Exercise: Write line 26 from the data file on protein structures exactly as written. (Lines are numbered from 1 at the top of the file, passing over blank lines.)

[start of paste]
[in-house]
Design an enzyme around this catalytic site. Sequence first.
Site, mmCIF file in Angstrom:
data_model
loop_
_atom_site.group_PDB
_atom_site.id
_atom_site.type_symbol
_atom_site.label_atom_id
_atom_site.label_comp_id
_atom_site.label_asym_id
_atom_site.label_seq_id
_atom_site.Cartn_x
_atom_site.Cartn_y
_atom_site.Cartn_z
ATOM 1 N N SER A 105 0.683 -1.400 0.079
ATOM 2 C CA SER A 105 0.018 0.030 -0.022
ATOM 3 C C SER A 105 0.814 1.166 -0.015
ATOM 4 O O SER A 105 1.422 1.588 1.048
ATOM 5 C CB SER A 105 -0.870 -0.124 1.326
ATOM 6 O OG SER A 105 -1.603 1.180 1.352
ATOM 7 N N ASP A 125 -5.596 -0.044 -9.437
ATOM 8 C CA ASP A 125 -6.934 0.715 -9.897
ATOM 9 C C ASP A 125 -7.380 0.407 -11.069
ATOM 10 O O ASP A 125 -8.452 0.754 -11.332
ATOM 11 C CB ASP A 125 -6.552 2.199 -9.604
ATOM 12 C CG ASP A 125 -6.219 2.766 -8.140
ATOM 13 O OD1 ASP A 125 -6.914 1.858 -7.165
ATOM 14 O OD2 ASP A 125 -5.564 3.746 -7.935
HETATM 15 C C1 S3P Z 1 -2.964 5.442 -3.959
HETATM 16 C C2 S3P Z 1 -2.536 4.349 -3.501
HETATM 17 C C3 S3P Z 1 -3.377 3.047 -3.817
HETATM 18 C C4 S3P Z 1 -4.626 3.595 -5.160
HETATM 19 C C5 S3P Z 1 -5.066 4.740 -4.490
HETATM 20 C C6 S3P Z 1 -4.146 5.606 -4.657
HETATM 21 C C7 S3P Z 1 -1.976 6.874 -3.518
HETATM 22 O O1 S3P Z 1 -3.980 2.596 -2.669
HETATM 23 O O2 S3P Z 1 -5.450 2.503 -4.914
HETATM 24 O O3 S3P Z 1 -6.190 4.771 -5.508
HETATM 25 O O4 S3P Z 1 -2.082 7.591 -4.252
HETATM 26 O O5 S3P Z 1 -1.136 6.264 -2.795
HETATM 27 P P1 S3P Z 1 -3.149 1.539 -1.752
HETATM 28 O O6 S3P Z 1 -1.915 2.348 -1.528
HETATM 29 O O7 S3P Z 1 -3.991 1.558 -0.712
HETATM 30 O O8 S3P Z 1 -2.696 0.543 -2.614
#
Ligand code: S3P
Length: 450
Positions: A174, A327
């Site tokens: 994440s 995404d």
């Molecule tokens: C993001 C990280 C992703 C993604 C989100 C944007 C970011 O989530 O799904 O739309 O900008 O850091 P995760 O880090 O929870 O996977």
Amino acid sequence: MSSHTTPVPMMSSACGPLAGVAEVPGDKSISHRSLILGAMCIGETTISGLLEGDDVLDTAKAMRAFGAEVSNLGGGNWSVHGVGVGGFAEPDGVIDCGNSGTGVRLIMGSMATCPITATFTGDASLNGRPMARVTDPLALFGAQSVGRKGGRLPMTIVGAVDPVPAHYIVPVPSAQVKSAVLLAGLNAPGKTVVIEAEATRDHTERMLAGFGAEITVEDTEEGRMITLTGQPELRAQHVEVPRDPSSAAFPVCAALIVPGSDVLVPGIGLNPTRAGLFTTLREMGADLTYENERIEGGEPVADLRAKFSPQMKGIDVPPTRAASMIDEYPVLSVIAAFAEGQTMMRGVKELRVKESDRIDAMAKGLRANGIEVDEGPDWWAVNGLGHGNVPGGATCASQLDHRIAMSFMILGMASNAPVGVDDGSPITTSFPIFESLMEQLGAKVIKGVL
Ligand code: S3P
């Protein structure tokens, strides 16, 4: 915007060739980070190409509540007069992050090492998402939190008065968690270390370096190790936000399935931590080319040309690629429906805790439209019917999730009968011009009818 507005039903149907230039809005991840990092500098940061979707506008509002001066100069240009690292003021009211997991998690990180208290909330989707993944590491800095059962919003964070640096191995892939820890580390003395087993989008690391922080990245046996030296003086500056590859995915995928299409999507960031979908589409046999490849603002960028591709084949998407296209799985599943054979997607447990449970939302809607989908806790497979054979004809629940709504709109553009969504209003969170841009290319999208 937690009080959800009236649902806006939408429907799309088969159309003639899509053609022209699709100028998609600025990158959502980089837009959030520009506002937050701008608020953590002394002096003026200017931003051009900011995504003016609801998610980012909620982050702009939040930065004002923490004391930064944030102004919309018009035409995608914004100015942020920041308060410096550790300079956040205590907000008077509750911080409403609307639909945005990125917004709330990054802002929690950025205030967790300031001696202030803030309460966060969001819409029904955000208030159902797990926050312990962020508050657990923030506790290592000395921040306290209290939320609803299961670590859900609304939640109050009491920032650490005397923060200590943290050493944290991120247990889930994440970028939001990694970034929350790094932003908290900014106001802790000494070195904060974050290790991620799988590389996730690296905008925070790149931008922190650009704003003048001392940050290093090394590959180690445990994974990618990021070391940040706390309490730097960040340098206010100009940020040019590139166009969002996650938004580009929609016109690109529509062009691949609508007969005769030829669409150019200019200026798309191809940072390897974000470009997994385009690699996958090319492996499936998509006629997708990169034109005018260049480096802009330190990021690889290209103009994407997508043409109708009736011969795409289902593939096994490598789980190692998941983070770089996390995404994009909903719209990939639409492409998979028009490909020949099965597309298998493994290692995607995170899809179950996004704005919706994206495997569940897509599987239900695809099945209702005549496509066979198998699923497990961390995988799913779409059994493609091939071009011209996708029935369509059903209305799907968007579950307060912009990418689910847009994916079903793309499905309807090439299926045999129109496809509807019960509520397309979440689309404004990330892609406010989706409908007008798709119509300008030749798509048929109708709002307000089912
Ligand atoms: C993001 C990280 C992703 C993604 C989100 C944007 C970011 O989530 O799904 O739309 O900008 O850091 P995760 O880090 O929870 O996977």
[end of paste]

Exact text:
ATOM 11 C CB ASP A 125 -6.552 2.199 -9.604